The necessary and ornamental arts of life are equally the objects of the class of authors whom I describe. In both, I will venture to assert, that the novelty of their productions is equal to their usefulness.
It was formerly imagined, that disease was an evil which mankind had inherited as a punishment for the lapse of their progenitor. Milton has given, in his Paradise Lost, a catalogue of some of those tormenting maladies which were to be felt by the race of fallen Adam. So has Dr. Dominiceti in an advertisement, which is now lying before me ; but, with the most extraordinary force of original discovery, has informed us, that, in his treatment of those disorders, there is no evil, no pain, but, on the contrary, much pleasure, and even luxury. “I en
gage,' says the Doctor, with pleasure and even luxury, to the patient, to increase or diminish the vital • heat, and the circulatory, secretory, and excretory • functions ; to soften and relax the too hard and dry * muscular and nervous fibres, and contracted ligaments; and to barden and make compact, and give the proper tone and elasticity to the too moist and flabby muscular and nervous fibres, and relaxed sinews, and provide and establish an equilibrium between the fluids and • vessels ; to sweeten acrid, corrosive, and saline hu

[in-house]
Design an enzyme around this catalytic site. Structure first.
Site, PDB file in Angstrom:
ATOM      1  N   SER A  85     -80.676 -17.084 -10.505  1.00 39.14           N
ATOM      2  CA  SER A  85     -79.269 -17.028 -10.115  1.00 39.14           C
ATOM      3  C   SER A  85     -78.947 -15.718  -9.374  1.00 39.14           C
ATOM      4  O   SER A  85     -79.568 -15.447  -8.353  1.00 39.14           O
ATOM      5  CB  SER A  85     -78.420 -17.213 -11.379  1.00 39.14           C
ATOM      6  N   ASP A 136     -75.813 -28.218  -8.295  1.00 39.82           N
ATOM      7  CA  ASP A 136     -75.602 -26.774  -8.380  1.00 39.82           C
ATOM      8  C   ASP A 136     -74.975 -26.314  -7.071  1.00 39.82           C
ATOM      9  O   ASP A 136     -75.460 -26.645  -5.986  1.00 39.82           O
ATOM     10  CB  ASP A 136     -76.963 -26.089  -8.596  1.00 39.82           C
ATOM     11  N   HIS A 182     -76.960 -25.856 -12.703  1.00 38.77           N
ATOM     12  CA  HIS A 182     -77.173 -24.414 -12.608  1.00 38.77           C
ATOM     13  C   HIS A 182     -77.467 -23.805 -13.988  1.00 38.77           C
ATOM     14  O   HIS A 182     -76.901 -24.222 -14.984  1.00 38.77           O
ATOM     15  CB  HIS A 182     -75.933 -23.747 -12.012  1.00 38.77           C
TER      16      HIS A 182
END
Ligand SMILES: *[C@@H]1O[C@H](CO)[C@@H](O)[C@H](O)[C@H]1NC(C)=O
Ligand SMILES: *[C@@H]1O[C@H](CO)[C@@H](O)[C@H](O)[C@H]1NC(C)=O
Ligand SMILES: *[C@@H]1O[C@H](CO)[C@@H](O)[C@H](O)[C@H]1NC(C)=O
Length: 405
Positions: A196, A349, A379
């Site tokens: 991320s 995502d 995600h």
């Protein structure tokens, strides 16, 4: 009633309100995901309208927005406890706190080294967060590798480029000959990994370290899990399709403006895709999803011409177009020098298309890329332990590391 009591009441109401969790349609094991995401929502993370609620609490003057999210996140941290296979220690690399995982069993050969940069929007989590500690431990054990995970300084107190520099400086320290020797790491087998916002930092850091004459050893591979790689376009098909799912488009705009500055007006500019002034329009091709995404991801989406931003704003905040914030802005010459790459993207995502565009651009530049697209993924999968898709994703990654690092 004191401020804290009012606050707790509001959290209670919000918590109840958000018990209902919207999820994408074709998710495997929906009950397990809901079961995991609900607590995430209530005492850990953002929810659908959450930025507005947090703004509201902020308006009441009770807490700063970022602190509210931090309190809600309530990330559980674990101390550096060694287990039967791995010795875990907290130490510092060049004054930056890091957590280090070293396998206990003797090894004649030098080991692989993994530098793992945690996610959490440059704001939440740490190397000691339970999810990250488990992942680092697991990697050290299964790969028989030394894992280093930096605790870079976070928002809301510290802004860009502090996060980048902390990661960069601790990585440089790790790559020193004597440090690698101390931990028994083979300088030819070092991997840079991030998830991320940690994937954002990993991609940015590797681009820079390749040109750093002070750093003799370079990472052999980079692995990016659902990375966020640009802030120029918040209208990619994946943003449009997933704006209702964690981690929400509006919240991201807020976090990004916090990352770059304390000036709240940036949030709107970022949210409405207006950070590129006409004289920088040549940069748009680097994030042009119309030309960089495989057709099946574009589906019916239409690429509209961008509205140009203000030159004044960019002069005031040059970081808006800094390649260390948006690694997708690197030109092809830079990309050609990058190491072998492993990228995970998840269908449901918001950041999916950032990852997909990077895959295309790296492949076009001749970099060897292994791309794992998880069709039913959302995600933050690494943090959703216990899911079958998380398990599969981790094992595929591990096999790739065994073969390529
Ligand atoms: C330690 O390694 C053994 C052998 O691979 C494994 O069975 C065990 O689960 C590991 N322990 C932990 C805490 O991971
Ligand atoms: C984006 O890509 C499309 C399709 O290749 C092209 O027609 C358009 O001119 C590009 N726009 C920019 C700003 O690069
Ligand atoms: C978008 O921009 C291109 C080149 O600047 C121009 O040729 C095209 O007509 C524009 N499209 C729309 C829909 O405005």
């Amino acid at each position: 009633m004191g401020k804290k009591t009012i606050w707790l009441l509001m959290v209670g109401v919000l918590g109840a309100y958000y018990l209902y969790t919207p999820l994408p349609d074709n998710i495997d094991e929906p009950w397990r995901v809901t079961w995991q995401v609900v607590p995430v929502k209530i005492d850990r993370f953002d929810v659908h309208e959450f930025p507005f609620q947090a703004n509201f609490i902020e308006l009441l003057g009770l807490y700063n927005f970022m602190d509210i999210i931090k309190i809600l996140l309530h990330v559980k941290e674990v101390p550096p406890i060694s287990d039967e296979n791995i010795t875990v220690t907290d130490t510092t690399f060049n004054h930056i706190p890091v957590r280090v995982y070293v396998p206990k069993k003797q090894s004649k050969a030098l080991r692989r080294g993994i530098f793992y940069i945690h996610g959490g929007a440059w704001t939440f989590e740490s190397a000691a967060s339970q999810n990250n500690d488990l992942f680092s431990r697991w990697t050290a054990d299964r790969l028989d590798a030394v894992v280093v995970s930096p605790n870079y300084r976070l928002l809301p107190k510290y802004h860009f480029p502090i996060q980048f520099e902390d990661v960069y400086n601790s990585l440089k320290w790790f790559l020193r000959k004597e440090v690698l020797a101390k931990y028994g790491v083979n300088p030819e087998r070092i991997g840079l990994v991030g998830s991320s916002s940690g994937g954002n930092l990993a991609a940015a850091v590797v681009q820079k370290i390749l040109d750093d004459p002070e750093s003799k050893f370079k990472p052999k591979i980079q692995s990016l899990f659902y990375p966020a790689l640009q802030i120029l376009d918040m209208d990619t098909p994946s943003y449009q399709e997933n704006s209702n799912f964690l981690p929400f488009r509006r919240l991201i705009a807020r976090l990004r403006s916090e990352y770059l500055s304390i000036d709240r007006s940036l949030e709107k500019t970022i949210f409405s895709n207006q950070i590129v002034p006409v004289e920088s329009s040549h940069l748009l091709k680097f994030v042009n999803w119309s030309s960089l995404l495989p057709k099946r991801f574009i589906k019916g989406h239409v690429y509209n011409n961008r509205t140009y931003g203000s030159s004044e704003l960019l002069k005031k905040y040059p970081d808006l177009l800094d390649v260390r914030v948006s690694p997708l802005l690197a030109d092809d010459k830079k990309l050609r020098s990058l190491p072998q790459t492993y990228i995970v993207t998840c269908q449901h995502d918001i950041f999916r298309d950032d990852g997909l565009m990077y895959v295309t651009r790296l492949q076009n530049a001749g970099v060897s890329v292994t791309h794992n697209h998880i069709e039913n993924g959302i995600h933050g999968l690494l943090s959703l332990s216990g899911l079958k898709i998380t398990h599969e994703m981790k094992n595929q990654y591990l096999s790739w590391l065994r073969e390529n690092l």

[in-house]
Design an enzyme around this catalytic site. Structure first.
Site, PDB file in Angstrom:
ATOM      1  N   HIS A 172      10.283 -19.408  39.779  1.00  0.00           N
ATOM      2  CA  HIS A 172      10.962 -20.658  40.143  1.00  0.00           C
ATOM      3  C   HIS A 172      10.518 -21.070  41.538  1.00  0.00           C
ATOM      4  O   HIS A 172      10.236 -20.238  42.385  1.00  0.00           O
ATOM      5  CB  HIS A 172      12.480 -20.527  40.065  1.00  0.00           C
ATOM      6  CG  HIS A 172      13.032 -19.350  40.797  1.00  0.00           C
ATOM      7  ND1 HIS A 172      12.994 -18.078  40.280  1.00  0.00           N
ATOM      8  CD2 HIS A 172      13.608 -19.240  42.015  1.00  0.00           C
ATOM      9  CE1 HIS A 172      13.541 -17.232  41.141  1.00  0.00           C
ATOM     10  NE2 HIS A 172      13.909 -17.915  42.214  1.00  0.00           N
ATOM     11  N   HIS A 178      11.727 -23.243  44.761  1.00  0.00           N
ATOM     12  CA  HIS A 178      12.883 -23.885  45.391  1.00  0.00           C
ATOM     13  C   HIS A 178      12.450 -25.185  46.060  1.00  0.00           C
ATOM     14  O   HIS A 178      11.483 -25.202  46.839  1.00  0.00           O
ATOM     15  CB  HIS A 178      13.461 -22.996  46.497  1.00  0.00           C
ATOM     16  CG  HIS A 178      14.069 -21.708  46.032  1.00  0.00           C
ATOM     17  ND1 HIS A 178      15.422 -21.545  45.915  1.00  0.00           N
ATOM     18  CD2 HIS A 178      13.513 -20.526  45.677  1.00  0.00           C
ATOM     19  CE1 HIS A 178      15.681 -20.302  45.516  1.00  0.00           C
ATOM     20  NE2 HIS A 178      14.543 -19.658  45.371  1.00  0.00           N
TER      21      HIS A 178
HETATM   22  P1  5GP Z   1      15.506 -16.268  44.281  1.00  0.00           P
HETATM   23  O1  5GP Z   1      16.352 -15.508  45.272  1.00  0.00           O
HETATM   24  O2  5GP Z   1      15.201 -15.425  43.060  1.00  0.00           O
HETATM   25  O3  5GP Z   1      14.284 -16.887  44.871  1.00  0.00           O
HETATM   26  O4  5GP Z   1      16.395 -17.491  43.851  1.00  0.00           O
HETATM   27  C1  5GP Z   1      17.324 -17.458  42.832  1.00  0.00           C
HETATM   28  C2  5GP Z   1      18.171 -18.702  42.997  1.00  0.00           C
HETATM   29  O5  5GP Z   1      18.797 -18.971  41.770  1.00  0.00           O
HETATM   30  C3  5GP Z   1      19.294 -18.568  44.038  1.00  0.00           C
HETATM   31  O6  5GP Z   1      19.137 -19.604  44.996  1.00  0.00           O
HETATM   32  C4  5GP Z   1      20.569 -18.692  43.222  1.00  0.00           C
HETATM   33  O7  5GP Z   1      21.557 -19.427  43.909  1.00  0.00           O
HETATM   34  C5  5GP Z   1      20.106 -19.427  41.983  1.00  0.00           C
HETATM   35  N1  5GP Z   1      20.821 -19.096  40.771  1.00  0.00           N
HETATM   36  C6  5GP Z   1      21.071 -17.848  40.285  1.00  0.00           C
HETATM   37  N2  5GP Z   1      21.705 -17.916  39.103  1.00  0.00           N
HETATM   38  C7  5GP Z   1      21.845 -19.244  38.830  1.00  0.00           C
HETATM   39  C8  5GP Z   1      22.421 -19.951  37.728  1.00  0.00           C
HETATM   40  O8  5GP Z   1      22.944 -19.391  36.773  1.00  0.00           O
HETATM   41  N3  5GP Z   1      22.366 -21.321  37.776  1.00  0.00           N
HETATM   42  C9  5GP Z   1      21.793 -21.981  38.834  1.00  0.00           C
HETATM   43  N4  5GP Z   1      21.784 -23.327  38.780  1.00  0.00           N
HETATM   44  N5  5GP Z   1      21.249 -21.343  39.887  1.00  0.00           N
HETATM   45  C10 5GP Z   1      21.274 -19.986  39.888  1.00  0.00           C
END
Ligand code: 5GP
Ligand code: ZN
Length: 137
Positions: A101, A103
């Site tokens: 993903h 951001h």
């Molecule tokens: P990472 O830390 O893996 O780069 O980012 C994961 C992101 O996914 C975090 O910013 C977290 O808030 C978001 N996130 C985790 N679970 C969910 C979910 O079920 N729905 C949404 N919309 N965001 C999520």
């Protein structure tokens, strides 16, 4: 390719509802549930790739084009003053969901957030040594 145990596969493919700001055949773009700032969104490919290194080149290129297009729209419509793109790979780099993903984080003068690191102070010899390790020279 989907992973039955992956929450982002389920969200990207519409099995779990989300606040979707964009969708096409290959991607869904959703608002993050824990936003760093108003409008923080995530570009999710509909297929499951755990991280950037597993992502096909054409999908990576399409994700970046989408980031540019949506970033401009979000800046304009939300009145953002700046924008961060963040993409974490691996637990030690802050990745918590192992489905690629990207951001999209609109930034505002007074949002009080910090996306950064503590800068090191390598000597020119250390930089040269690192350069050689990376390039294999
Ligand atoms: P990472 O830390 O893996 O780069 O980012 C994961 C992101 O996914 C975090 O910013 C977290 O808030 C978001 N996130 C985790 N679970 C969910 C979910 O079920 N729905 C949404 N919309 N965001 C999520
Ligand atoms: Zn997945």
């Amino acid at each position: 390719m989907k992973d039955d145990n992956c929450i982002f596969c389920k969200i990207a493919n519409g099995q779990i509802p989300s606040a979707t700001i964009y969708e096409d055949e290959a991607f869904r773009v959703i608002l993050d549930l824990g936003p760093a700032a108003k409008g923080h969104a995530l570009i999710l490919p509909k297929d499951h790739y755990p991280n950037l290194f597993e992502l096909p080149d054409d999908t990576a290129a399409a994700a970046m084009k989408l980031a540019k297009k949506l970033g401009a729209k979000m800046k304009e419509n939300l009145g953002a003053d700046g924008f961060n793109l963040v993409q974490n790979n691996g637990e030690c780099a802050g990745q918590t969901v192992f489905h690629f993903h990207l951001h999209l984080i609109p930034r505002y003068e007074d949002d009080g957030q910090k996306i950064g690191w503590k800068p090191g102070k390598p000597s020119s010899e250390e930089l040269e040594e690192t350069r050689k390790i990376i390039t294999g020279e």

mours; and to cure the dropsy, asthma, consumptions, *colic, gravel, rheumatism, palsy, pleurisy, and fevers,
stone and gout, scurvy and leprosy; to mollify and • destroy inveterate callosities, to deterge and cure obstinate ulcers, &c.